Movie of the Week: Scarecrows (1988)

Summer’s here and the time is right for killing in the fields. 

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As I’ve mentioned a few times before, I am fascinated by scarecrows.  They are creepy, and I like ’em.  I hope to one day write a great scarecrow story (or at least a good one…one that doesn’t all-out suck).  I am not aware of a lot of scarecrow literature, I’m certain it’s in short supply.  I do know that when it comes to good scarecrow movies, they are much like good Bigfoot movies– in short supply (don’t get me started on mummy movies).  Believe me, I’ve searched, I’ve watched and I’ve been disappointed.  For those interested, I’ve only found three great ones.  This week, in the spirit of the season, I want to recommend one of them.

Scarecrows begins with five combat-trained criminals stealing three million dollars from a military base. For their getaway, they highjack an airplane and keep the pilot and his daughter as hostages. The plan is to head for freedom in Mexico where the gang can divvy up the loot and live lives of luxury, potentially. The flaw in that plan is Bert, who, evidently, has no honor for his fellow thieves. He is a Benedict Arnold and takes the money all for himself, then parachutes out of the plane, à la D. B. Cooper.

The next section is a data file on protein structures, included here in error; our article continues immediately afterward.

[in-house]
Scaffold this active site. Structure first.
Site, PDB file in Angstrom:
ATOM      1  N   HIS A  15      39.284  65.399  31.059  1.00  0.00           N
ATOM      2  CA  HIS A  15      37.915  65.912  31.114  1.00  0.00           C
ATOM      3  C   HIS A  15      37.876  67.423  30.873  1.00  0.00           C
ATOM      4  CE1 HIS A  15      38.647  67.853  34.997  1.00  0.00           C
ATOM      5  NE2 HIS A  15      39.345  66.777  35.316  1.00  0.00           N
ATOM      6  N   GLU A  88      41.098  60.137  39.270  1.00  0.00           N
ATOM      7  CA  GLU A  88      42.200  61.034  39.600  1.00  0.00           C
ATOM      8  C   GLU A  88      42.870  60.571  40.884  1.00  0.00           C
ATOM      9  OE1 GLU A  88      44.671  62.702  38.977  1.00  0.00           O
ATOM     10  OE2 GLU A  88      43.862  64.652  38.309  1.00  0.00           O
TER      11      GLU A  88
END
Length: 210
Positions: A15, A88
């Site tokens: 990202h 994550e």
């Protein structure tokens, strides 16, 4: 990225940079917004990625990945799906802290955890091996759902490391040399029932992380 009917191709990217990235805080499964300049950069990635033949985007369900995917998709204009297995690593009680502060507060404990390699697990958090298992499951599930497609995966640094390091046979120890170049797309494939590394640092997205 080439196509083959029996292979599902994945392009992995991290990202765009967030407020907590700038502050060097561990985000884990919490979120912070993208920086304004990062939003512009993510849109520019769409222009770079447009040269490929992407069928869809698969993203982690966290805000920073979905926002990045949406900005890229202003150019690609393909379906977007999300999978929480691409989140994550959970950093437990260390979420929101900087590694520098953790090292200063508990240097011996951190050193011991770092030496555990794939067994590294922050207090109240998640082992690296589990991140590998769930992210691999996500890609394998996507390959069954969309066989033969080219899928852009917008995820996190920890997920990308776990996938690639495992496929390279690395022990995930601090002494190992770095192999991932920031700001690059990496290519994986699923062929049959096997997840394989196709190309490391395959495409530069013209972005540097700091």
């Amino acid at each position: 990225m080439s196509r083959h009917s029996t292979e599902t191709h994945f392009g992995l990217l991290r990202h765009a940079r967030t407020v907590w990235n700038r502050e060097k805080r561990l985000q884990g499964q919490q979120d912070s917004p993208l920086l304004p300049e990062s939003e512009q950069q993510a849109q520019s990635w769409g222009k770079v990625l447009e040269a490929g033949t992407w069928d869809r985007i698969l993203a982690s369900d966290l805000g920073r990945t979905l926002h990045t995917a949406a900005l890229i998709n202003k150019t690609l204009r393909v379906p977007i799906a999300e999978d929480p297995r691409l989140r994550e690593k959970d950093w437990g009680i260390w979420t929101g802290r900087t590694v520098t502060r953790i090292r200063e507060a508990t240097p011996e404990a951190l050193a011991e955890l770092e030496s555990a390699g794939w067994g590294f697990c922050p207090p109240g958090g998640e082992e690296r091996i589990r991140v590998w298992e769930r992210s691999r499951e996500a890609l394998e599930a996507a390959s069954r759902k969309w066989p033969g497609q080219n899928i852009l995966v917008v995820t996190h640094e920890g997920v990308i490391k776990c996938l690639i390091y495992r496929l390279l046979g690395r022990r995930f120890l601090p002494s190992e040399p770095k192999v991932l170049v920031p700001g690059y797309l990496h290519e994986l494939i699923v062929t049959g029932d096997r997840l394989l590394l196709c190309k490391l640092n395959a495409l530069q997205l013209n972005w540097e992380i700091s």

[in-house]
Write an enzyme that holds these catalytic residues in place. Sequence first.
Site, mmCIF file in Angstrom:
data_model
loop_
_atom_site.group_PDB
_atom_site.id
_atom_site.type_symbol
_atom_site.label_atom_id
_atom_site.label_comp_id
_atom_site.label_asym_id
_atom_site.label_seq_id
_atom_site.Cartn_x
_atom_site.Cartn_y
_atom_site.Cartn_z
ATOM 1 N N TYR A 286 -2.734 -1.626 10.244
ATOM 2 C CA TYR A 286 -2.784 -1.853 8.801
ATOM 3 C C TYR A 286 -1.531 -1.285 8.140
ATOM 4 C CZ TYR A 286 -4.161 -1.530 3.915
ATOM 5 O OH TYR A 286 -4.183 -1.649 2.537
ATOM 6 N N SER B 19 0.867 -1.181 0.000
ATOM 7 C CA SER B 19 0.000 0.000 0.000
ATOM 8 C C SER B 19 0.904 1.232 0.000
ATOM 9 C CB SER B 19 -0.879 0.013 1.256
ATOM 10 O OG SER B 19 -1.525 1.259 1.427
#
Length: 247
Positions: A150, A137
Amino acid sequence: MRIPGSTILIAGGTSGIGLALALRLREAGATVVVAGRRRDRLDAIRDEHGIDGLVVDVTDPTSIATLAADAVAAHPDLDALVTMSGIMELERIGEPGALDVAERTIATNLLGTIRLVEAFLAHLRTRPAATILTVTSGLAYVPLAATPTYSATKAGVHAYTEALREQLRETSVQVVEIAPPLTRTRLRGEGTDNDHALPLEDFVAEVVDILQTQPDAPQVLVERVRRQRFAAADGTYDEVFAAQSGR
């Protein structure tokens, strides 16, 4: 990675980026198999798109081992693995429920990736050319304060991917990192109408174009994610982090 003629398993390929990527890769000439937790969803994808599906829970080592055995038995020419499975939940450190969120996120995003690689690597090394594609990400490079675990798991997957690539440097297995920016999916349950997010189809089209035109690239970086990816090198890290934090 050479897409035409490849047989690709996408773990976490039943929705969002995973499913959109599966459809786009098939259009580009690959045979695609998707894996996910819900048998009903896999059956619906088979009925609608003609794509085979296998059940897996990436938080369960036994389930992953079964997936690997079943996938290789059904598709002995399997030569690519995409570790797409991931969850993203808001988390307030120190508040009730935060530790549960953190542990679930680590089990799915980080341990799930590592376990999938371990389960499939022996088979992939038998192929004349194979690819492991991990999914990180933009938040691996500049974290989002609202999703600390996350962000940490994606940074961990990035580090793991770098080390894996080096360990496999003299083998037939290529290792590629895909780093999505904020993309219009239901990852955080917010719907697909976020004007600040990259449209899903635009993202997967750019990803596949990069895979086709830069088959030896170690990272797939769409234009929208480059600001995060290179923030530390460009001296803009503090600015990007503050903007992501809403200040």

The rest of the gang, though, will not let a little something like three million dollars be so easily lost. They don’t care if it did fly out of the plane in the middle of the night, they want their money back. They also want to get their hands on Bert and make him pay for being such a not so nice thief. Some of them parachute after Bert while the others wait for the plane to land.

When Bert floats to the earth, he finds himself on an abandoned farm. There’s an old house, some graves and some rather fearsome looking scarecrows watching over all of it. For as long as the place seems to have been abandoned, there is a truck which still works and Bert takes it to find where the trunk of money landed. What he discovers when the truck stops working is that it doesn’t have anything under the hood and has been operating under supernatural means much like the scarecrow that comes alive and kills him.

Once everybody else is on the ground, it’s a hunt for Bert. They find him, but he’s been stuffed with money. Now they have two concerns: finding the rest of the money (it’s three million dollars after all) and surviving whatever took care of Bert for them.

Scarecrows is one of the horror gems I discovered long ago with my brother and our cousins. It’s just a cool movie; an eerie cat and mouse game between people stuck in the country and the scarecrows, animated by the spirits of the former farmers who lived there, hellbent on killing the trespassers. What could a person not love about this movie?